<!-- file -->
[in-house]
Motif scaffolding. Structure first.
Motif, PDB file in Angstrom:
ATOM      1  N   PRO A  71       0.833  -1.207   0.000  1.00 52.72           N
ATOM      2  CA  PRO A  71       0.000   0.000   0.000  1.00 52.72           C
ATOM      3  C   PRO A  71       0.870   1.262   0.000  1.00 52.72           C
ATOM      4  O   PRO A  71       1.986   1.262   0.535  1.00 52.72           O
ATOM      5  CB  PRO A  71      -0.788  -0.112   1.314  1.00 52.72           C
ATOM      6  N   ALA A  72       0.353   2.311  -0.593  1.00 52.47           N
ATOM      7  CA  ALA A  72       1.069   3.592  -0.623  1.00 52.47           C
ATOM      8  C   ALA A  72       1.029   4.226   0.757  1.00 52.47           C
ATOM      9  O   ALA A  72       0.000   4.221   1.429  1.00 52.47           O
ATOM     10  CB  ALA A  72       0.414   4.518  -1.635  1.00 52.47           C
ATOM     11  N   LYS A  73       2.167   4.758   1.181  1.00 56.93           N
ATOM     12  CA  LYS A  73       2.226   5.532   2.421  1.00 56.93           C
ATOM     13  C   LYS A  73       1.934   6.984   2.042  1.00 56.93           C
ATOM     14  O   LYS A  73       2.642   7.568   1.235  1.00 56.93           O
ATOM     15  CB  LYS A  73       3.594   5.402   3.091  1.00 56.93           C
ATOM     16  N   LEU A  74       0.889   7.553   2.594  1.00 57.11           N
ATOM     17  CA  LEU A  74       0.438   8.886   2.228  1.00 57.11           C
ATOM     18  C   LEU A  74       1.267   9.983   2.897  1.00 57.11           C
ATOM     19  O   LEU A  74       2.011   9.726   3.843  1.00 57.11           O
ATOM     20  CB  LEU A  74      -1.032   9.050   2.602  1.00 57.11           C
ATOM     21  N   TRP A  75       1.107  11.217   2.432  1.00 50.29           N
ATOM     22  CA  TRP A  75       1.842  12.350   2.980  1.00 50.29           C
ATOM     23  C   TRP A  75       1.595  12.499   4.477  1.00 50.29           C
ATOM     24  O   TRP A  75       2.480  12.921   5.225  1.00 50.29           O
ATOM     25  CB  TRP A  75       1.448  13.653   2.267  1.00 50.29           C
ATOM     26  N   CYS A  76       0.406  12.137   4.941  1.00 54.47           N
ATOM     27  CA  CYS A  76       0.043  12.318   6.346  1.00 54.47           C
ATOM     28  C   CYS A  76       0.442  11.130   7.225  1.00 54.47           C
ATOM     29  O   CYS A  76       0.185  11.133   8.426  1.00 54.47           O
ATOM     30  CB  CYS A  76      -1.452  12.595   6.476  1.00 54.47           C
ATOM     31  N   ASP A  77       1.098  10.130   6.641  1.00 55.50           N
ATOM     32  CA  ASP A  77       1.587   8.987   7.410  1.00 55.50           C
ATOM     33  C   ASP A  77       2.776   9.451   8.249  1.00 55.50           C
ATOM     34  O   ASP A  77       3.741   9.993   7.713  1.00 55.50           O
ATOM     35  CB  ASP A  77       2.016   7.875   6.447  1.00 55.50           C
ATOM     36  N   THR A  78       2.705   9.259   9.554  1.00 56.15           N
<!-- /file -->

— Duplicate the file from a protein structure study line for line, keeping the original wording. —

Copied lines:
[in-house]
Motif scaffolding. Structure first.
Motif, PDB file in Angstrom:
ATOM      1  N   PRO A  71       0.833  -1.207   0.000  1.00 52.72           N
ATOM      2  CA  PRO A  71       0.000   0.000   0.000  1.00 52.72           C
ATOM      3  C   PRO A  71       0.870   1.262   0.000  1.00 52.72           C
ATOM      4  O   PRO A  71       1.986   1.262   0.535  1.00 52.72           O
ATOM      5  CB  PRO A  71      -0.788  -0.112   1.314  1.00 52.72           C
ATOM      6  N   ALA A  72       0.353   2.311  -0.593  1.00 52.47           N
ATOM      7  CA  ALA A  72       1.069   3.592  -0.623  1.00 52.47           C
ATOM      8  C   ALA A  72       1.029   4.226   0.757  1.00 52.47           C
ATOM      9  O   ALA A  72       0.000   4.221   1.429  1.00 52.47           O
ATOM     10  CB  ALA A  72       0.414   4.518  -1.635  1.00 52.47           C
ATOM     11  N   LYS A  73       2.167   4.758   1.181  1.00 56.93           N
ATOM     12  CA  LYS A  73       2.226   5.532   2.421  1.00 56.93           C
ATOM     13  C   LYS A  73       1.934   6.984   2.042  1.00 56.93           C
ATOM     14  O   LYS A  73       2.642   7.568   1.235  1.00 56.93           O
ATOM     15  CB  LYS A  73       3.594   5.402   3.091  1.00 56.93           C
ATOM     16  N   LEU A  74       0.889   7.553   2.594  1.00 57.11           N
ATOM     17  CA  LEU A  74       0.438   8.886   2.228  1.00 57.11           C
ATOM     18  C   LEU A  74       1.267   9.983   2.897  1.00 57.11           C
ATOM     19  O   LEU A  74       2.011   9.726   3.843  1.00 57.11           O
ATOM     20  CB  LEU A  74      -1.032   9.050   2.602  1.00 57.11           C
ATOM     21  N   TRP A  75       1.107  11.217   2.432  1.00 50.29           N
ATOM     22  CA  TRP A  75       1.842  12.350   2.980  1.00 50.29           C
ATOM     23  C   TRP A  75       1.595  12.499   4.477  1.00 50.29           C
ATOM     24  O   TRP A  75       2.480  12.921   5.225  1.00 50.29           O
ATOM     25  CB  TRP A  75       1.448  13.653   2.267  1.00 50.29           C
ATOM     26  N   CYS A  76       0.406  12.137   4.941  1.00 54.47           N
ATOM     27  CA  CYS A  76       0.043  12.318   6.346  1.00 54.47           C
ATOM     28  C   CYS A  76       0.442  11.130   7.225  1.00 54.47           C
ATOM     29  O   CYS A  76       0.185  11.133   8.426  1.00 54.47           O
ATOM     30  CB  CYS A  76      -1.452  12.595   6.476  1.00 54.47           C
ATOM     31  N   ASP A  77       1.098  10.130   6.641  1.00 55.50           N
ATOM     32  CA  ASP A  77       1.587   8.987   7.410  1.00 55.50           C
ATOM     33  C   ASP A  77       2.776   9.451   8.249  1.00 55.50           C
ATOM     34  O   ASP A  77       3.741   9.993   7.713  1.00 55.50           O
ATOM     35  CB  ASP A  77       2.016   7.875   6.447  1.00 55.50           C
ATOM     36  N   THR A  78       2.705   9.259   9.554  1.00 56.15           N